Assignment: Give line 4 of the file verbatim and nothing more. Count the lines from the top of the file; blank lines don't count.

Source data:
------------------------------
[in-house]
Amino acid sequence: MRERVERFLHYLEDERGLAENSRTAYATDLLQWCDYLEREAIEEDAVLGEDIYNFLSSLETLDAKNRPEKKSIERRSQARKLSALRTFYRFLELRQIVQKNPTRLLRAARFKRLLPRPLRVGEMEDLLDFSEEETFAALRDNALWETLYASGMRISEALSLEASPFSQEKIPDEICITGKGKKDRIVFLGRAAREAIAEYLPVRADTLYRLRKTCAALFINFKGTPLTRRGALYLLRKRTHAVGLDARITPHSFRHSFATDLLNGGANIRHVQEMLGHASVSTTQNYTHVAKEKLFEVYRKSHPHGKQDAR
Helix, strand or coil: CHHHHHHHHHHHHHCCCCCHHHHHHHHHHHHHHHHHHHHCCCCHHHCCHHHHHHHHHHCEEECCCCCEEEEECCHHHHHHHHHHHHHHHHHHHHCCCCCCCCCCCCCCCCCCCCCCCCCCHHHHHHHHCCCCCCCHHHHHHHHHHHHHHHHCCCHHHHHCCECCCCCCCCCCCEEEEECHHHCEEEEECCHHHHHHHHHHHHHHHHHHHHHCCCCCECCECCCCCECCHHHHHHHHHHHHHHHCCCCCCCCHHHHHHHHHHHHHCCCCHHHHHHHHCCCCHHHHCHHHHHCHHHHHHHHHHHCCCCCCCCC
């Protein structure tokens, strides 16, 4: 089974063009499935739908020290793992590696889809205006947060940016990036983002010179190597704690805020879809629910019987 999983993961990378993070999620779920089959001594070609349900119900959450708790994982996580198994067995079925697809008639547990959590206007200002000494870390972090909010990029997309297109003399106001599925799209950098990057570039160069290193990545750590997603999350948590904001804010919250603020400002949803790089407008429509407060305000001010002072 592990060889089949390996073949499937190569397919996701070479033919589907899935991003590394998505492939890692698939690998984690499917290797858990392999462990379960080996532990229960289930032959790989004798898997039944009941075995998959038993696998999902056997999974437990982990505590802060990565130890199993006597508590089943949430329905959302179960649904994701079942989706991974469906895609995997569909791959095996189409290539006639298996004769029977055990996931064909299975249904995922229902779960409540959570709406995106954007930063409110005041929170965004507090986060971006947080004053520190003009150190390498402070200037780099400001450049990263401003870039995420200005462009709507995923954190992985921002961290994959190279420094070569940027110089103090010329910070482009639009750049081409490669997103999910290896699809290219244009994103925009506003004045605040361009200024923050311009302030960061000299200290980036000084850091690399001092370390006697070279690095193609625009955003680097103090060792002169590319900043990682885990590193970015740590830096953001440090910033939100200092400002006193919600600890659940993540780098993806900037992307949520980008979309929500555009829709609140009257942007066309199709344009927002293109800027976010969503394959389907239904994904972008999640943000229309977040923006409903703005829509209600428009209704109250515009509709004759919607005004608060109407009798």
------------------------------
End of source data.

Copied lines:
């Protein structure tokens, strides 16, 4: 089974063009499935739908020290793992590696889809205006947060940016990036983002010179190597704690805020879809629910019987 999983993961990378993070999620779920089959001594070609349900119900959450708790994982996580198994067995079925697809008639547990959590206007200002000494870390972090909010990029997309297109003399106001599925799209950098990057570039160069290193990545750590997603999350948590904001804010919250603020400002949803790089407008429509407060305000001010002072 592990060889089949390996073949499937190569397919996701070479033919589907899935991003590394998505492939890692698939690998984690499917290797858990392999462990379960080996532990229960289930032959790989004798898997039944009941075995998959038993696998999902056997999974437990982990505590802060990565130890199993006597508590089943949430329905959302179960649904994701079942989706991974469906895609995997569909791959095996189409290539006639298996004769029977055990996931064909299975249904995922229902779960409540959570709406995106954007930063409110005041929170965004507090986060971006947080004053520190003009150190390498402070200037780099400001450049990263401003870039995420200005462009709507995923954190992985921002961290994959190279420094070569940027110089103090010329910070482009639009750049081409490669997103999910290896699809290219244009994103925009506003004045605040361009200024923050311009302030960061000299200290980036000084850091690399001092370390006697070279690095193609625009955003680097103090060792002169590319900043990682885990590193970015740590830096953001440090910033939100200092400002006193919600600890659940993540780098993806900037992307949520980008979309929500555009829709609140009257942007066309199709344009927002293109800027976010969503394959389907239904994904972008999640943000229309977040923006409903703005829509209600428009209704109250515009509709004759919607005004608060109407009798």